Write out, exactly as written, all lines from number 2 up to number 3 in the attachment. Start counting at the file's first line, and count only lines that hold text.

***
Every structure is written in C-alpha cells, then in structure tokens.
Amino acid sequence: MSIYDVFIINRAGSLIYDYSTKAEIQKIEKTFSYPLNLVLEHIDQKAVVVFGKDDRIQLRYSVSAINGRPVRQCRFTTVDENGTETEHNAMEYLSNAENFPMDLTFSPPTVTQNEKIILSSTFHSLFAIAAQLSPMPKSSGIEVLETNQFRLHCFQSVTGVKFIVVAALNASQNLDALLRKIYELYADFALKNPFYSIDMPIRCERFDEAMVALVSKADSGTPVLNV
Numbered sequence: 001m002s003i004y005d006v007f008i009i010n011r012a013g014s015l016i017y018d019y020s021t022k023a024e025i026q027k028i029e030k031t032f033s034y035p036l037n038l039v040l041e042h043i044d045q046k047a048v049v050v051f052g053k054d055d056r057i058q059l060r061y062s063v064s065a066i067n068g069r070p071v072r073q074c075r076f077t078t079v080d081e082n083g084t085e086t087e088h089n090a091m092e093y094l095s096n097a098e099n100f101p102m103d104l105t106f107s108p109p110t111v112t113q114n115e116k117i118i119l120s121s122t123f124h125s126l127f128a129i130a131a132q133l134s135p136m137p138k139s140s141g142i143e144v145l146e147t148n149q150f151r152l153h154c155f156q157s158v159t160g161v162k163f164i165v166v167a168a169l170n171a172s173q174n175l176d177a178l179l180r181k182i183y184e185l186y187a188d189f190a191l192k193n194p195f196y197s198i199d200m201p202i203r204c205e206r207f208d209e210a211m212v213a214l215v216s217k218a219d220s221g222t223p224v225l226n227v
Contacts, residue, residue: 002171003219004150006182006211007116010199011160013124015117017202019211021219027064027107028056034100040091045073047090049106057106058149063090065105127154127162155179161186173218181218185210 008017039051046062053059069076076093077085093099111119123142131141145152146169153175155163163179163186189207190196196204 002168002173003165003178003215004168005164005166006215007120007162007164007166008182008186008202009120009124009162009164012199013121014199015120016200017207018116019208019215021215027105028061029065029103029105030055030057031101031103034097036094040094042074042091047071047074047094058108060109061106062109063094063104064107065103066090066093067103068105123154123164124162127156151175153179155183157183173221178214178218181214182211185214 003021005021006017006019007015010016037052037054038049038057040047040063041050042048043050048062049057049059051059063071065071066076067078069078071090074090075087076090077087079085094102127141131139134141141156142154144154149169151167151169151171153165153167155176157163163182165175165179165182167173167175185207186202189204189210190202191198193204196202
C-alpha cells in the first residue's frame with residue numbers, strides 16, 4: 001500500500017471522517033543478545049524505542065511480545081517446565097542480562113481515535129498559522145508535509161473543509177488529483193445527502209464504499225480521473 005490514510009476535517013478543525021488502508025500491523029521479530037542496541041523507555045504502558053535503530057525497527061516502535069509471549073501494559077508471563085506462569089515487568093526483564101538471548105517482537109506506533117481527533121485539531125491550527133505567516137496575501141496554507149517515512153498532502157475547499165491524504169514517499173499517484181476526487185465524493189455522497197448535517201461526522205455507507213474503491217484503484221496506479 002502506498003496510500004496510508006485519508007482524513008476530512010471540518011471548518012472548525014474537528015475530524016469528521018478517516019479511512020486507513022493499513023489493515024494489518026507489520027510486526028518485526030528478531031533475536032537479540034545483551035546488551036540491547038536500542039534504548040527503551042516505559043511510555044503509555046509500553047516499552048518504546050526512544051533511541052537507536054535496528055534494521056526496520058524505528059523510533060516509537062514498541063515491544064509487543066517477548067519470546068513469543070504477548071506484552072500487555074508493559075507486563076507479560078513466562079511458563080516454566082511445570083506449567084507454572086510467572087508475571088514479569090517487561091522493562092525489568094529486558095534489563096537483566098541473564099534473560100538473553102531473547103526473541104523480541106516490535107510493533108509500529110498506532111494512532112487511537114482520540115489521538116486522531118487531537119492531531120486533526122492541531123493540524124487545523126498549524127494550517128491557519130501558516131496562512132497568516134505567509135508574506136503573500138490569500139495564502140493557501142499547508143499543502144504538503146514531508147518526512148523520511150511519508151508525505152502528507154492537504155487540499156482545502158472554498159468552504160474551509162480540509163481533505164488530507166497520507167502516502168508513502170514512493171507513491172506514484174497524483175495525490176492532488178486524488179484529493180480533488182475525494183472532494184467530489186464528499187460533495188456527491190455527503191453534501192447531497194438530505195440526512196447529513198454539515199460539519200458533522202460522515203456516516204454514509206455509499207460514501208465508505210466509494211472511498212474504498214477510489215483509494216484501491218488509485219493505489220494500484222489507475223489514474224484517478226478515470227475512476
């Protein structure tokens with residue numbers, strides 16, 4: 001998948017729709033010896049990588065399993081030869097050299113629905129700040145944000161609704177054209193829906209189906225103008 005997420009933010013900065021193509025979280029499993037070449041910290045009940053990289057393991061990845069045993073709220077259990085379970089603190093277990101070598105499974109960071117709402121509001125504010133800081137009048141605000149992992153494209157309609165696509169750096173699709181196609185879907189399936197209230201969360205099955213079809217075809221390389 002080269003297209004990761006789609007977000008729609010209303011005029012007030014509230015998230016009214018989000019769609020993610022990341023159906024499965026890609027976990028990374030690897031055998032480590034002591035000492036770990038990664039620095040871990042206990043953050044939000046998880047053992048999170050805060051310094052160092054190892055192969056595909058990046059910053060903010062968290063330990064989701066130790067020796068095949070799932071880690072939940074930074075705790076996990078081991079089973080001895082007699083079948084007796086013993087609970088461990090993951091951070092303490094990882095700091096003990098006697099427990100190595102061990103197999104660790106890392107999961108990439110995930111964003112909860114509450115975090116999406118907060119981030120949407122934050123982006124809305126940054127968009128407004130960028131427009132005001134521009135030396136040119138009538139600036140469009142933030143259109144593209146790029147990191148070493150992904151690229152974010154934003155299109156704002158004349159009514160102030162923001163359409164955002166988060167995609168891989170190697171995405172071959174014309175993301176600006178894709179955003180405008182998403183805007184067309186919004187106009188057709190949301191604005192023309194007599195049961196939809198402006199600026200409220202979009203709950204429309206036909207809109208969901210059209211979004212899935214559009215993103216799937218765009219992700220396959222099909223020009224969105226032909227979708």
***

Amino acid sequence: MSIYDVFIINRAGSLIYDYSTKAEIQKIEKTFSYPLNLVLEHIDQKAVVVFGKDDRIQLRYSVSAINGRPVRQCRFTTVDENGTETEHNAMEYLSNAENFPMDLTFSPPTVTQNEKIILSSTFHSLFAIAAQLSPMPKSSGIEVLETNQFRLHCFQSVTGVKFIVVAALNASQNLDALLRKIYELYADFALKNPFYSIDMPIRCERFDEAMVALVSKADSGTPVLNV
Numbered sequence: 001m002s003i004y005d006v007f008i009i010n011r012a013g014s015l016i017y018d019y020s021t022k023a024e025i026q027k028i029e030k031t032f033s034y035p036l037n038l039v040l041e042h043i044d045q046k047a048v049v050v051f052g053k054d055d056r057i058q059l060r061y062s063v064s065a066i067n068g069r070p071v072r073q074c075r076f077t078t079v080d081e082n083g084t085e086t087e088h089n090a091m092e093y094l095s096n097a098e099n100f101p102m103d104l105t106f107s108p109p110t111v112t113q114n115e116k117i118i119l120s121s122t123f124h125s126l127f128a129i130a131a132q133l134s135p136m137p138k139s140s141g142i143e144v145l146e147t148n149q150f151r152l153h154c155f156q157s158v159t160g161v162k163f164i165v166v167a168a169l170n171a172s173q174n175l176d177a178l179l180r181k182i183y184e185l186y187a188d189f190a191l192k193n194p195f196y197s198i199d200m201p202i203r204c205e206r207f208d209e210a211m212v213a214l215v216s217k218a219d220s221g222t223p224v225l226n227v